Wednesday, November 11, 2009

Hulu quest, Part 2: OpenSUSE

Ubuntu 9.04 was working just fine on my laptop. It did everything I needed it to do, and we lived happily until one fateful day when I tried to watch a show on Hulu. My Flash plugin couldn't handle the content, so I decided to do some distro hopping to see if I could get it working.

My first stop was OpenSUSE 11.1. I lost some time trying to use the network installer, which I chose because it was a smaller download, and after messing with it a bunch I was able to get it to start the install, but it got stuck on Step 2 of 6. It was probably doing stuff in the background, but I didn't feel like waiting all night for it to give me more feedback, so I abandoned the network installer and installed OpenSUSE using the KDE Live CD.

OpenSUSE showed a lot of promise for the first ten seconds or so, because that's how long I used it before I realized that my wireless card wasn't working. I have a Netgear PCMCIA wireless G card that I've had forever and have been able to get it working on multiple machines using Ubuntu, Debian, Fedora, and Slackware. It works right out of the box on Ubuntu, and for the other distros I've used ndiswrapper along with wpa_supplicant so that it will connect to my WPA wireless network with no problems. I've built up a decent bag of tricks for getting this card working over the years, so I was pretty confident that this would turn out to be a minor annoyance and I would be able to move on before long.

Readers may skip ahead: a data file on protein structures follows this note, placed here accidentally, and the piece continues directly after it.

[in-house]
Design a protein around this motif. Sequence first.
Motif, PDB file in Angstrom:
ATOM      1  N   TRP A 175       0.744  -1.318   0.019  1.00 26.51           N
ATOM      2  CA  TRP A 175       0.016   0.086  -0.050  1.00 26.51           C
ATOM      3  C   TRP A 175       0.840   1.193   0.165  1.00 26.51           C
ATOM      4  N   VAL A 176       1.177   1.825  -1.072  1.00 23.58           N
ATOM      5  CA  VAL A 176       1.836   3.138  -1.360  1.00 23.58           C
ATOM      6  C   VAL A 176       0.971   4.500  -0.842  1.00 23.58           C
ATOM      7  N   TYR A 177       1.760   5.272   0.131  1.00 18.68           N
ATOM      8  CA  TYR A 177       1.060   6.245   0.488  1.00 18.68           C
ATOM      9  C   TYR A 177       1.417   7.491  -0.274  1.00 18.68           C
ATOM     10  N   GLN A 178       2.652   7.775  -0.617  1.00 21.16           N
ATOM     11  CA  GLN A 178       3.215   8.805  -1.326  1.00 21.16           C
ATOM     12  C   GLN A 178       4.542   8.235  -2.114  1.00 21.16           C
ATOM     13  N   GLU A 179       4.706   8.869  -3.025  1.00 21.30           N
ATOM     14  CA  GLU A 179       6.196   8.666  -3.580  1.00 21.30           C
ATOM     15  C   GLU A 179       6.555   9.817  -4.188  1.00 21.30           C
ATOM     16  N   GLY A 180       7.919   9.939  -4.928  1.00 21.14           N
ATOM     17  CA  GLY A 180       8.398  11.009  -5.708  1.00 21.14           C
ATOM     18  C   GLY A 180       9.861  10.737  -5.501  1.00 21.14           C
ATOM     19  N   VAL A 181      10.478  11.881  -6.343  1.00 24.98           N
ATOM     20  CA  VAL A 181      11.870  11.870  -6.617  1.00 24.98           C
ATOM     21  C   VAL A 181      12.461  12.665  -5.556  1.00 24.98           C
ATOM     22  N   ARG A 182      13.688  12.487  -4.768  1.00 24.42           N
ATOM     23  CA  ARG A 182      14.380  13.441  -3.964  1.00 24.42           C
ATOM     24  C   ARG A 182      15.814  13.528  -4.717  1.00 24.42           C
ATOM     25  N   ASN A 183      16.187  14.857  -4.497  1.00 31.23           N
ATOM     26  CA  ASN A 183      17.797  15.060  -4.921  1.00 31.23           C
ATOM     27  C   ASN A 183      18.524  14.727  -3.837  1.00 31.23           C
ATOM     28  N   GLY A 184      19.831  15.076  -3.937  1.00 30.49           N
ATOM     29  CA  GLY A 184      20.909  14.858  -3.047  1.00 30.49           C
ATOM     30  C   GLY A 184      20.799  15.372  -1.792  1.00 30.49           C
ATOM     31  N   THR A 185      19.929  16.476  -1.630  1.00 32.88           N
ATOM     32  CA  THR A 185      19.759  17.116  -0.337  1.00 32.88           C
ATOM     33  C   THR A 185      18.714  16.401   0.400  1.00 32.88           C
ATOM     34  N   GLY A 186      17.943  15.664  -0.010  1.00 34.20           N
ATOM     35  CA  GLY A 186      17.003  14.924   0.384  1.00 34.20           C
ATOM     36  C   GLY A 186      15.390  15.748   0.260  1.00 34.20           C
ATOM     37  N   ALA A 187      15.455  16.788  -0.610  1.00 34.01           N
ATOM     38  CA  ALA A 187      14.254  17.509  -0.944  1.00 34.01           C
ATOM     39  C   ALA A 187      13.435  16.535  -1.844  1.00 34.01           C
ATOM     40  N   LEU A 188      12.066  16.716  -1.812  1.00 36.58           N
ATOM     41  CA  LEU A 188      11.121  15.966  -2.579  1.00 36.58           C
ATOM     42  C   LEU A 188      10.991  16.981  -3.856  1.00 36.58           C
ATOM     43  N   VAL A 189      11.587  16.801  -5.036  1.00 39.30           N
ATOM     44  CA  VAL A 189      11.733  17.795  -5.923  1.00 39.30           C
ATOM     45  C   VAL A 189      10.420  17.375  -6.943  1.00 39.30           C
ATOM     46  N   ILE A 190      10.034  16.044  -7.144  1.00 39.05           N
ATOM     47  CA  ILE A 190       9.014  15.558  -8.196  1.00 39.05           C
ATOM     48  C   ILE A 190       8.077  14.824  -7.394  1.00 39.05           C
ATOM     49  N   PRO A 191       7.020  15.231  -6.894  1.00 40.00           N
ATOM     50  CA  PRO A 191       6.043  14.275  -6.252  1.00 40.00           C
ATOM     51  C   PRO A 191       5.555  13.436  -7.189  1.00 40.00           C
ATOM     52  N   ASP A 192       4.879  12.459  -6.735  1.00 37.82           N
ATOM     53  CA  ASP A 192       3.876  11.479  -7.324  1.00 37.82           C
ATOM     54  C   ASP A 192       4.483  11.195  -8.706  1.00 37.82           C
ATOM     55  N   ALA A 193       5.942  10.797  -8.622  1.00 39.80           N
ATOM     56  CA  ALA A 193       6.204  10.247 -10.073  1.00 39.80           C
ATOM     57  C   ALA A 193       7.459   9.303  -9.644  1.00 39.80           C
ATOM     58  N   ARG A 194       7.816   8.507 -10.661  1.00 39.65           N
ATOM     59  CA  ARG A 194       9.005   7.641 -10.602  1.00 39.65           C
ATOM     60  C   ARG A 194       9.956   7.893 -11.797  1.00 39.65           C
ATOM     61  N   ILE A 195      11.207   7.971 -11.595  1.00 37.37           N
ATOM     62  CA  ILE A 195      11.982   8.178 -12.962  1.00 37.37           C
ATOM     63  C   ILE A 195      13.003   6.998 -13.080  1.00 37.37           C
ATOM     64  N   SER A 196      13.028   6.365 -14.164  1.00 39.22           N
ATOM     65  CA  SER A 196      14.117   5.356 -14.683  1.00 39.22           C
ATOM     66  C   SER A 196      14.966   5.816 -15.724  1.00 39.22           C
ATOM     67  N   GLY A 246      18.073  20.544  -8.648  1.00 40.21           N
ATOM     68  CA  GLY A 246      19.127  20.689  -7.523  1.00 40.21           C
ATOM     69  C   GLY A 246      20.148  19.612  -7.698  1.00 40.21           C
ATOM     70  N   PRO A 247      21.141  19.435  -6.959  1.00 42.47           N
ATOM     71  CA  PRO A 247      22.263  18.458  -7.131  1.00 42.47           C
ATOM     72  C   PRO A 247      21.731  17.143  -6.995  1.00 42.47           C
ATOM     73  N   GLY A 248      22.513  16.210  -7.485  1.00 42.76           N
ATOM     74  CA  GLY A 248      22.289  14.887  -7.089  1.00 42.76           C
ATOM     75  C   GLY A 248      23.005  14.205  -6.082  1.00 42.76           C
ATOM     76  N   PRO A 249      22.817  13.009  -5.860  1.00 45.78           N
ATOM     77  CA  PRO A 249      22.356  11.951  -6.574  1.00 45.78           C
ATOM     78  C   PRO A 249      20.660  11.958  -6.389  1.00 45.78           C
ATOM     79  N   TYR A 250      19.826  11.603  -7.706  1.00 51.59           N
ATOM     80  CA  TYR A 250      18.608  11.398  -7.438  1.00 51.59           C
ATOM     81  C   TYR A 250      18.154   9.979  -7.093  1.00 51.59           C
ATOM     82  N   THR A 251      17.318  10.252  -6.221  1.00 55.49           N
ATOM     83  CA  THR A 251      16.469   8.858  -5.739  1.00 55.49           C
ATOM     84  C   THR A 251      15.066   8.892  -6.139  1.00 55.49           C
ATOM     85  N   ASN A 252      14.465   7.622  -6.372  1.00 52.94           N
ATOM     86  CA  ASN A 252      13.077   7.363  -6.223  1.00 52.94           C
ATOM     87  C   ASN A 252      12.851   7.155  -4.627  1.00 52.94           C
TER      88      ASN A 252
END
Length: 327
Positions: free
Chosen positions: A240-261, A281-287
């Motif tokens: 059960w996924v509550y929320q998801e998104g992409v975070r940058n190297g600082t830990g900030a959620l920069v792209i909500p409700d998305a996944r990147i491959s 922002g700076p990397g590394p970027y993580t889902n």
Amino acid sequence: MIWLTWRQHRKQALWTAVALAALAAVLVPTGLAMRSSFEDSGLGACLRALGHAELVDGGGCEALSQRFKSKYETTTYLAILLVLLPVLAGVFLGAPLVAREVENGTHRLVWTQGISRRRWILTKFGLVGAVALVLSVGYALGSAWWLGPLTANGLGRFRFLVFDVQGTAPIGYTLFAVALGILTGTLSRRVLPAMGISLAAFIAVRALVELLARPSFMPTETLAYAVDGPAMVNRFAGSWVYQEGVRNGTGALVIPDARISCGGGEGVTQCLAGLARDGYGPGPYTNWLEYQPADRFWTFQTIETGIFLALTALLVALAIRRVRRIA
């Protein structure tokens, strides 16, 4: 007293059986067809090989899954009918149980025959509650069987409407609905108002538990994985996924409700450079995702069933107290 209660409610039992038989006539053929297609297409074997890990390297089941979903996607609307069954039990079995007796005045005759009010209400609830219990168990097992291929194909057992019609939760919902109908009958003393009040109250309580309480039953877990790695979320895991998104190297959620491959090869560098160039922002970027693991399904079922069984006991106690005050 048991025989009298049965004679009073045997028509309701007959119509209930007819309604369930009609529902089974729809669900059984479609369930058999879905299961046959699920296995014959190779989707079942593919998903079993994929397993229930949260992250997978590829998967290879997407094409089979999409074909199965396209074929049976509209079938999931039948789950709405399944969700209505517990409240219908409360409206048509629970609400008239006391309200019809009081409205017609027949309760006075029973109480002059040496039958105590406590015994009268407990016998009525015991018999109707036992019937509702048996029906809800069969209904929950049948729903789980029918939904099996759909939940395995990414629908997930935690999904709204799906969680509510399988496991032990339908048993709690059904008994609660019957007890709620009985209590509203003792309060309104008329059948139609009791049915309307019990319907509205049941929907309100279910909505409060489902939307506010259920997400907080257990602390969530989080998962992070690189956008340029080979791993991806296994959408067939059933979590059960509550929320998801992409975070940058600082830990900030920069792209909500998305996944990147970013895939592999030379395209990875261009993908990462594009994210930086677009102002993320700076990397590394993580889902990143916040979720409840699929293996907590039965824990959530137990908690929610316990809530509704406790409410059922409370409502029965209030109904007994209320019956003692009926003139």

I installed the card drivers using ndiswrapper and went into knetworkmanager to connect it to the wireless. I could see the wireless network, and when trying to connect to it it looked like the WPA key was accepted but it hung and eventually failed trying to get an IP address. I got the same results using YaST2. I also tried using ifup from the command line but the laptop refused to pick up an IP address. I tried giving it a static IP address and that appeared to work but I couldn't browse the web from Firefox. This was clearly going to take some elbow grease, if I was going to get it working at all.

I pulled out all the stops and tried pretty much every set of instructions I could find, including totally removing knetworkmanager and installing Wicd. I've used Wicd before and it is a fantastic network manager but it couldn't detect the wireless card, which is odd because knetworkmanager detected it just fine under ndiswrapper.

At some point I decided to return to the initial goal of installing OpenSUSE, which was getting Hulu to work. I got the Adobe Flash plugin installed and browsed to Hulu, but it was worse than anything I saw on Ubuntu. My Hulu show looked more like a slideshow than a motion picture. I'm sure there are settings that can be tweeked to speed it up, but I was fed up. Just a few hours short of 2 days after installing OpenSUSE I wiped it and moved on to the next leg of my quest: Crunchbang.

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